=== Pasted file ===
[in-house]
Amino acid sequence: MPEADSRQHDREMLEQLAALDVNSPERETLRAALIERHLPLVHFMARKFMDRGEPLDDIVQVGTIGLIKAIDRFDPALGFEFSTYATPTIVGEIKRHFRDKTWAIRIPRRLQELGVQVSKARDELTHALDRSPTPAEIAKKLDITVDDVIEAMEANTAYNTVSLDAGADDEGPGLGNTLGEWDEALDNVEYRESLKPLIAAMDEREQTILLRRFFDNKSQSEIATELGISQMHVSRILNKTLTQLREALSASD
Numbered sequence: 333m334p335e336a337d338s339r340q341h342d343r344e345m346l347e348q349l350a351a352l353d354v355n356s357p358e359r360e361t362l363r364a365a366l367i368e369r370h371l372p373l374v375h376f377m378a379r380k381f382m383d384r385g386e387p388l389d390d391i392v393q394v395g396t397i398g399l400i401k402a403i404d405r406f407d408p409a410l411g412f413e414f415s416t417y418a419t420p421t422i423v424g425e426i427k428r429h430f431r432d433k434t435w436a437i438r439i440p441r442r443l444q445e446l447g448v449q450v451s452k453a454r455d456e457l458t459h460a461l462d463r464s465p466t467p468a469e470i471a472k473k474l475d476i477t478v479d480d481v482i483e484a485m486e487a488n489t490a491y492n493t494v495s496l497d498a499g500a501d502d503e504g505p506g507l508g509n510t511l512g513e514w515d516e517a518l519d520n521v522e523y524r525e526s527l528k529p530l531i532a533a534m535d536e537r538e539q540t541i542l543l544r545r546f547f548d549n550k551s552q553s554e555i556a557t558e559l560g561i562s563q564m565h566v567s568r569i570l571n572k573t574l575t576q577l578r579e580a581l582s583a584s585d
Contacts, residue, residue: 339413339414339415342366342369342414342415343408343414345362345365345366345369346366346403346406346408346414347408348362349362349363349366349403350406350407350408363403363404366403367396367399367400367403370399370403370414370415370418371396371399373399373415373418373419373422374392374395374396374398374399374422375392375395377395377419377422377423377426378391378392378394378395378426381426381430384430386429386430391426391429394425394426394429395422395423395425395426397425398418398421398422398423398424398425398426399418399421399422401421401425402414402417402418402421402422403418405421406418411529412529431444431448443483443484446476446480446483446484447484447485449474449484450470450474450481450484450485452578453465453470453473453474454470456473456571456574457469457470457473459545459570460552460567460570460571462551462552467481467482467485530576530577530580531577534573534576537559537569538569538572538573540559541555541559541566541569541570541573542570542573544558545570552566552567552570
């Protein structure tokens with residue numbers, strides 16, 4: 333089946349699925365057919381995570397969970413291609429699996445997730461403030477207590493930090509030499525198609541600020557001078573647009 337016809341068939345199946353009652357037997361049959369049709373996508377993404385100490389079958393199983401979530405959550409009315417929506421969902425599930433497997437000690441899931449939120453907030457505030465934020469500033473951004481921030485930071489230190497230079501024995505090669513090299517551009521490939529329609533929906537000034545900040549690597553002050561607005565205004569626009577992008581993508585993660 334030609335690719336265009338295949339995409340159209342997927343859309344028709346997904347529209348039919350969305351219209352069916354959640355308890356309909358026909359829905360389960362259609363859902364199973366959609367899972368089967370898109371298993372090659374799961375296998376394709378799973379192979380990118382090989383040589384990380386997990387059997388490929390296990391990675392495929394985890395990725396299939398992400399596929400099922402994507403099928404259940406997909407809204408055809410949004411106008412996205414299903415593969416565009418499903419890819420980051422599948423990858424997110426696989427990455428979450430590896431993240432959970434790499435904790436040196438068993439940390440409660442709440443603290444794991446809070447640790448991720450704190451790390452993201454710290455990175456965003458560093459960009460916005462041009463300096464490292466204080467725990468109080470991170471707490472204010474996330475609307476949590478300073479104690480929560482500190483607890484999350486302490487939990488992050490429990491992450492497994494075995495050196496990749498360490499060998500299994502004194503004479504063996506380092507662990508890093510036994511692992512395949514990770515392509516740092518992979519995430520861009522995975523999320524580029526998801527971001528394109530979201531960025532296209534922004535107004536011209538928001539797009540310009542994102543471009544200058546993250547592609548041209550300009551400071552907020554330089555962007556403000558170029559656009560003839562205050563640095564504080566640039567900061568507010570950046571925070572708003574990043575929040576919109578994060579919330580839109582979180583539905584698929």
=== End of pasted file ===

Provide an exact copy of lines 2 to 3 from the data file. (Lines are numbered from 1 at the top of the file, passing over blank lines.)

Amino acid sequence: MPEADSRQHDREMLEQLAALDVNSPERETLRAALIERHLPLVHFMARKFMDRGEPLDDIVQVGTIGLIKAIDRFDPALGFEFSTYATPTIVGEIKRHFRDKTWAIRIPRRLQELGVQVSKARDELTHALDRSPTPAEIAKKLDITVDDVIEAMEANTAYNTVSLDAGADDEGPGLGNTLGEWDEALDNVEYRESLKPLIAAMDEREQTILLRRFFDNKSQSEIATELGISQMHVSRILNKTLTQLREALSASD
Numbered sequence: 333m334p335e336a337d338s339r340q341h342d343r344e345m346l347e348q349l350a351a352l353d354v355n356s357p358e359r360e361t362l363r364a365a366l367i368e369r370h371l372p373l374v375h376f377m378a379r380k381f382m383d384r385g386e387p388l389d390d391i392v393q394v395g396t397i398g399l400i401k402a403i404d405r406f407d408p409a410l411g412f413e414f415s416t417y418a419t420p421t422i423v424g425e426i427k428r429h430f431r432d433k434t435w436a437i438r439i440p441r442r443l444q445e446l447g448v449q450v451s452k453a454r455d456e457l458t459h460a461l462d463r464s465p466t467p468a469e470i471a472k473k474l475d476i477t478v479d480d481v482i483e484a485m486e487a488n489t490a491y492n493t494v495s496l497d498a499g500a501d502d503e504g505p506g507l508g509n510t511l512g513e514w515d516e517a518l519d520n521v522e523y524r525e526s527l528k529p530l531i532a533a534m535d536e537r538e539q540t541i542l543l544r545r546f547f548d549n550k551s552q553s554e555i556a557t558e559l560g561i562s563q564m565h566v567s568r569i570l571n572k573t574l575t576q577l578r579e580a581l582s583a584s585d